“True, also in Hypatia the day will come when my only desire will be to leave. I know I must not go down to the harbour then, but climb the citadel’s highest pinnacle and wait for a ship to go by up there. But will it bo by? There is no language without deceit.”
– Invisible Cities, Italo Calvino
Peter Rukavina details his recent trip to Thailand on his website Reinvented.net.
I made it back safe and sound from a wonderful trip to Thailand. Chang Mai is great. Everytime I go I don’t want to return. The only downside was the actual flight to and from Taipei. No fun at all. Mandarin Airlines has the only direct flight to Chiang Mai and they primarily serve group tour companies. If you have travelled on flights with Taiwanese tour groups you will understand why it could be annoying. If you haven’t, just take my advice and avoid these routes.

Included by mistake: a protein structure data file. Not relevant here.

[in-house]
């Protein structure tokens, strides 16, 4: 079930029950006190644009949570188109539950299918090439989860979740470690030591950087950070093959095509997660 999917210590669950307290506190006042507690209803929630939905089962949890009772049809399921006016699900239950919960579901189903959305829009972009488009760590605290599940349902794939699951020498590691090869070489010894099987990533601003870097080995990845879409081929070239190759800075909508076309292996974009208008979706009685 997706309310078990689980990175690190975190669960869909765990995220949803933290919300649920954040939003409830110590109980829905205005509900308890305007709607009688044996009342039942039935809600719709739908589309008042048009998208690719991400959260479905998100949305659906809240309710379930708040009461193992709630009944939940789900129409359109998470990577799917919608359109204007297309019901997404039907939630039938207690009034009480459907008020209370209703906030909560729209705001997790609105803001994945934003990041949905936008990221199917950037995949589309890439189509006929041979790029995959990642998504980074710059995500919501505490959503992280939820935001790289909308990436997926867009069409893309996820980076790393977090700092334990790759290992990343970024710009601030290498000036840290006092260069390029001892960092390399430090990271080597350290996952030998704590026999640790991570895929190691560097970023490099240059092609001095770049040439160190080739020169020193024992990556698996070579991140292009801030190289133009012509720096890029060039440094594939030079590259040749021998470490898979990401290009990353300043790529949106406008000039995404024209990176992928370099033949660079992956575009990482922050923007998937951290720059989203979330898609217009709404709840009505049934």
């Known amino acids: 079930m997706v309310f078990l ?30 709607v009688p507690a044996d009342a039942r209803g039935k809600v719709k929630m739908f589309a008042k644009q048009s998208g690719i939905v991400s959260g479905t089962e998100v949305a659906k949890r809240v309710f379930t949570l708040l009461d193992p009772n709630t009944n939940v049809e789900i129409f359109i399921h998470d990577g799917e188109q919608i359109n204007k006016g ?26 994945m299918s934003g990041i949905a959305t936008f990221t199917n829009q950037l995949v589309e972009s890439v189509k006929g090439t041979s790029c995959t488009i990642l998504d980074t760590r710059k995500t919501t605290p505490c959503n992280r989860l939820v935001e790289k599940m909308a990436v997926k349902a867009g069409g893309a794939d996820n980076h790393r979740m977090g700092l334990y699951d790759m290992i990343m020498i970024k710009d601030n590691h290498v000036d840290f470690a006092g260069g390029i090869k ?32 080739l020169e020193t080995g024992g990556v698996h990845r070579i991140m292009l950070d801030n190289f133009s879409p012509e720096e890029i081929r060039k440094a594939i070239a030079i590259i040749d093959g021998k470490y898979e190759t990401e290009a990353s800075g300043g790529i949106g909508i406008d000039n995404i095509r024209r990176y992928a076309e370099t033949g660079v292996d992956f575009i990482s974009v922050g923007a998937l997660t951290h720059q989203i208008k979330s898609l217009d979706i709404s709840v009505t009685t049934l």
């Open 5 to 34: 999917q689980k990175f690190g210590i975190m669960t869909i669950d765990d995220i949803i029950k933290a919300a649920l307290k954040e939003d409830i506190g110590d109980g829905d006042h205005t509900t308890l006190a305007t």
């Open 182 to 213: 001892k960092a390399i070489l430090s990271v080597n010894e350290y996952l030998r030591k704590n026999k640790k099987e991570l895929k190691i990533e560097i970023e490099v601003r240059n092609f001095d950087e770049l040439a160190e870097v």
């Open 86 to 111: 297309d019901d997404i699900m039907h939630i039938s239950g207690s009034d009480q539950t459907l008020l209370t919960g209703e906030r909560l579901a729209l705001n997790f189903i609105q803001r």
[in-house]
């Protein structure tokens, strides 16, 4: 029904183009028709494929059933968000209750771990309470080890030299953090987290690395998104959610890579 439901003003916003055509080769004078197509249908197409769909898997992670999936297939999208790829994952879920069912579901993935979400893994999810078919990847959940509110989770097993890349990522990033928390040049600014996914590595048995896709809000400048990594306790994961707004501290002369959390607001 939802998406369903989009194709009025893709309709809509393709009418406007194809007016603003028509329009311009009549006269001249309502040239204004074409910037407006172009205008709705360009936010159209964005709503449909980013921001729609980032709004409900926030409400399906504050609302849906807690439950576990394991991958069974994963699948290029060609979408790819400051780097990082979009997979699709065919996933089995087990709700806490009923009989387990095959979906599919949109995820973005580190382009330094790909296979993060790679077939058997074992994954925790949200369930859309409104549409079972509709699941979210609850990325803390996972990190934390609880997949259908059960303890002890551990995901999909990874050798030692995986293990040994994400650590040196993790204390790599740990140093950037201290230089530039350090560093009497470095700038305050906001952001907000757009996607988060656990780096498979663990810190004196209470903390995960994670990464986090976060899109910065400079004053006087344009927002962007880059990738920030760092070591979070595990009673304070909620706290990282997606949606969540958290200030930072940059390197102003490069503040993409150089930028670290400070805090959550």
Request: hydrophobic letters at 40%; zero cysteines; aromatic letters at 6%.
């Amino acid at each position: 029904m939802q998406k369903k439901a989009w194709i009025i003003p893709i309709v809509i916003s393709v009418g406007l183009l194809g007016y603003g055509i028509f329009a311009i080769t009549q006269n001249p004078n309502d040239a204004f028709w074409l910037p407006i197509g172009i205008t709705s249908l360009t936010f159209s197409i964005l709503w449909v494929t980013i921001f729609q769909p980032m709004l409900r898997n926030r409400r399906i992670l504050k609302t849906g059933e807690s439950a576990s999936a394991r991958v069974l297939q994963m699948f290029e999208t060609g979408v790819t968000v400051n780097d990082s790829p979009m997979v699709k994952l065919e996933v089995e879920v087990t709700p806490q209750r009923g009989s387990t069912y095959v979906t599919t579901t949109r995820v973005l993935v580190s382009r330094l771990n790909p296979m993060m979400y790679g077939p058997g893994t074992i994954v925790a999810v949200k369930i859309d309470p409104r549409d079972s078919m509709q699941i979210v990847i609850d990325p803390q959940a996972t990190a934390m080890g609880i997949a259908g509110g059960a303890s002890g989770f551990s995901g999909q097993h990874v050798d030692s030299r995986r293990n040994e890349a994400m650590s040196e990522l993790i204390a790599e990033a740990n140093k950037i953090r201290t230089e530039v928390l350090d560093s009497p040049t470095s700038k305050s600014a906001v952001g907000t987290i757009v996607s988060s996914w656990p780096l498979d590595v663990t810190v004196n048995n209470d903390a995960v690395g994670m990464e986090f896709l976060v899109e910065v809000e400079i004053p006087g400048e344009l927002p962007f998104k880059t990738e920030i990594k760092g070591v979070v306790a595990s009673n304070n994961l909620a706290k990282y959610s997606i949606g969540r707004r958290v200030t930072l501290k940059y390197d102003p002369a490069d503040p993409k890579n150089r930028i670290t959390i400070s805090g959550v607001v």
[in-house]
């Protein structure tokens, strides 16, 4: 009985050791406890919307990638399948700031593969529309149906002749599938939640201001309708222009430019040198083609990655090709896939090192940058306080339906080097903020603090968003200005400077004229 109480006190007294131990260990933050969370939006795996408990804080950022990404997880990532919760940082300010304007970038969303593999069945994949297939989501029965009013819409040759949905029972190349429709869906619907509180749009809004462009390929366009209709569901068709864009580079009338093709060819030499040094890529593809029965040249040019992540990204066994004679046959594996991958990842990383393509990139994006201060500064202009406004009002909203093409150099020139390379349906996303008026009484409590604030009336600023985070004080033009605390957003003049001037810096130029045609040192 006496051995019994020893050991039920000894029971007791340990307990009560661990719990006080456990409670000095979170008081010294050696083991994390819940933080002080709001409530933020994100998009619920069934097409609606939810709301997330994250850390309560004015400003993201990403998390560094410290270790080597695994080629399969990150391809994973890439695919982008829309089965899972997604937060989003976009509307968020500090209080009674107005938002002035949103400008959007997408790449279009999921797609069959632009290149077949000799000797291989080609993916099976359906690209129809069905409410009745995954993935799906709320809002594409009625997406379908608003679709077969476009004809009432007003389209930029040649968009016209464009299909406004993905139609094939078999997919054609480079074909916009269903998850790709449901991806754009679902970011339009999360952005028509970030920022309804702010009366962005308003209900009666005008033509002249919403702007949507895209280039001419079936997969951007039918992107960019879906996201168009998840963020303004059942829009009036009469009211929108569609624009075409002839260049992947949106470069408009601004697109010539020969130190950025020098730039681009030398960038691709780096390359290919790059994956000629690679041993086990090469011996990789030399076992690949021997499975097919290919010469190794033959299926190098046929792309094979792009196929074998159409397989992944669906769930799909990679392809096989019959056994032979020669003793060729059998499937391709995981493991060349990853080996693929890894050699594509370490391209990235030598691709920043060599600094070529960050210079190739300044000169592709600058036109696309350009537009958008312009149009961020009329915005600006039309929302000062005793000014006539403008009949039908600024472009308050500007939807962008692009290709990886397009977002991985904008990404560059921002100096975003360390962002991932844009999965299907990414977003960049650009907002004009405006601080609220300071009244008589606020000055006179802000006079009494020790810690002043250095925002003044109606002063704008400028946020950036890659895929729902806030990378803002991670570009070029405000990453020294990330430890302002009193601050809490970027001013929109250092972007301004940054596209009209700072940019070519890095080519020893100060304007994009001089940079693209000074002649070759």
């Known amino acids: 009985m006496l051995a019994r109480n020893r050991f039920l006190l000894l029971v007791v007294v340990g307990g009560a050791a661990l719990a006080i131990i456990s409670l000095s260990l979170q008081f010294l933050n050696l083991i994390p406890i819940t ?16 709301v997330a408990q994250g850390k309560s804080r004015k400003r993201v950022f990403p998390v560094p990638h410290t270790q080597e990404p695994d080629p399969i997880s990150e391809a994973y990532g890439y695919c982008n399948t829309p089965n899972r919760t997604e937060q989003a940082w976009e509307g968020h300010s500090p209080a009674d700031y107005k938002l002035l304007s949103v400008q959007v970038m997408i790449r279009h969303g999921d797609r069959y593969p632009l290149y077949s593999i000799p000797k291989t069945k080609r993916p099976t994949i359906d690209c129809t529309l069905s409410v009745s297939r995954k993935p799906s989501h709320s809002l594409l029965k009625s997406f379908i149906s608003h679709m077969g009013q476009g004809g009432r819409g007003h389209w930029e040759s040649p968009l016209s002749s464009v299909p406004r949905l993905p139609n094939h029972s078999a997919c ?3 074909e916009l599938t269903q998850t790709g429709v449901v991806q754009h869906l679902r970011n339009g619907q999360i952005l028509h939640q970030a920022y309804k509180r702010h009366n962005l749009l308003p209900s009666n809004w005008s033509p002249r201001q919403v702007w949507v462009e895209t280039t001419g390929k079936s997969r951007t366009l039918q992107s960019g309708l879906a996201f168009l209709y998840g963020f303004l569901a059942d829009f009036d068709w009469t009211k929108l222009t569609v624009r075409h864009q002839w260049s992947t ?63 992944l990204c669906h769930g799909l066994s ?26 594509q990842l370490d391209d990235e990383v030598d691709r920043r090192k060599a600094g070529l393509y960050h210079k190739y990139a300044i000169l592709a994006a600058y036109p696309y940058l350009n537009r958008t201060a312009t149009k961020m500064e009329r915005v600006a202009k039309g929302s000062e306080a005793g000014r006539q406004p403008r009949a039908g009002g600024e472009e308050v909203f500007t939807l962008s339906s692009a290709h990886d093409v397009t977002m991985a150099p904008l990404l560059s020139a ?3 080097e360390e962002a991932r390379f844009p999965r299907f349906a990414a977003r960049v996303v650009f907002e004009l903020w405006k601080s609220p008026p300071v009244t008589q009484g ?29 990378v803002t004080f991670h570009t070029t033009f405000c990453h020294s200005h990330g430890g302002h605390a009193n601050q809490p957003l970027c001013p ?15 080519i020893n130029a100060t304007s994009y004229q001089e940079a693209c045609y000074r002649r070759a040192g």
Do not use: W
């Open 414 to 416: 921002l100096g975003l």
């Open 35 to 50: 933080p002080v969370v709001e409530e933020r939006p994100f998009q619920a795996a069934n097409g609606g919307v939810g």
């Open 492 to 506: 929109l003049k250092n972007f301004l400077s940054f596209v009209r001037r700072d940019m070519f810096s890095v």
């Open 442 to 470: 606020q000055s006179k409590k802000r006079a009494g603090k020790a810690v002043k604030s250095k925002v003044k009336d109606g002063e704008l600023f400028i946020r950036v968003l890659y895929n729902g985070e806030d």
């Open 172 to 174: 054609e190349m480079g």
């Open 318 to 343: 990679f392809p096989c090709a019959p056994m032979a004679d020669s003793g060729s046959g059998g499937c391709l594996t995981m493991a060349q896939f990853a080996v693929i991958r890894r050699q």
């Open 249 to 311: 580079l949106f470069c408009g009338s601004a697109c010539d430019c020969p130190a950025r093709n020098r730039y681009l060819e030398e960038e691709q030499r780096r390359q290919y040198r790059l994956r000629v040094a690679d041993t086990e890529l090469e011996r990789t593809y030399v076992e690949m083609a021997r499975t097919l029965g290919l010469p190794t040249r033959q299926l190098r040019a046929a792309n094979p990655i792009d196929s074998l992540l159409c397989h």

I received word today that I have been accepted to the M.A. program at National Chiao Tung University. I think I am the first English native speaker in the program I have enrolled. It’s a great opportunity but a daunting challenge.
I leave for Chiang Mai early tomorrow morning. Its the annual Chinese New Year pilgrimage to anywhere other than Hsinchu. Should be a fun trip. Spending some time trekking through the northern part of the province and taking a Thai cooking course. Of course no trip to Thailand would be compete without a few sessions of the tortuous local massage. Be back on the 16th.
Work seems to have this occaisional habit of interfering with my personal projects. Shame on you work. So much has happened lately, a new iMac is launched which is lauded by some hated by others, Frank Shuster passes, I decide to head to Thailand again, and this. Well I’m back in the saddle again.
Merry Christmas! We are breaking with our normal Christmas tradition of spending time in Kenting and are off to Bangkok in 4 hours. We need warmth and a good massage.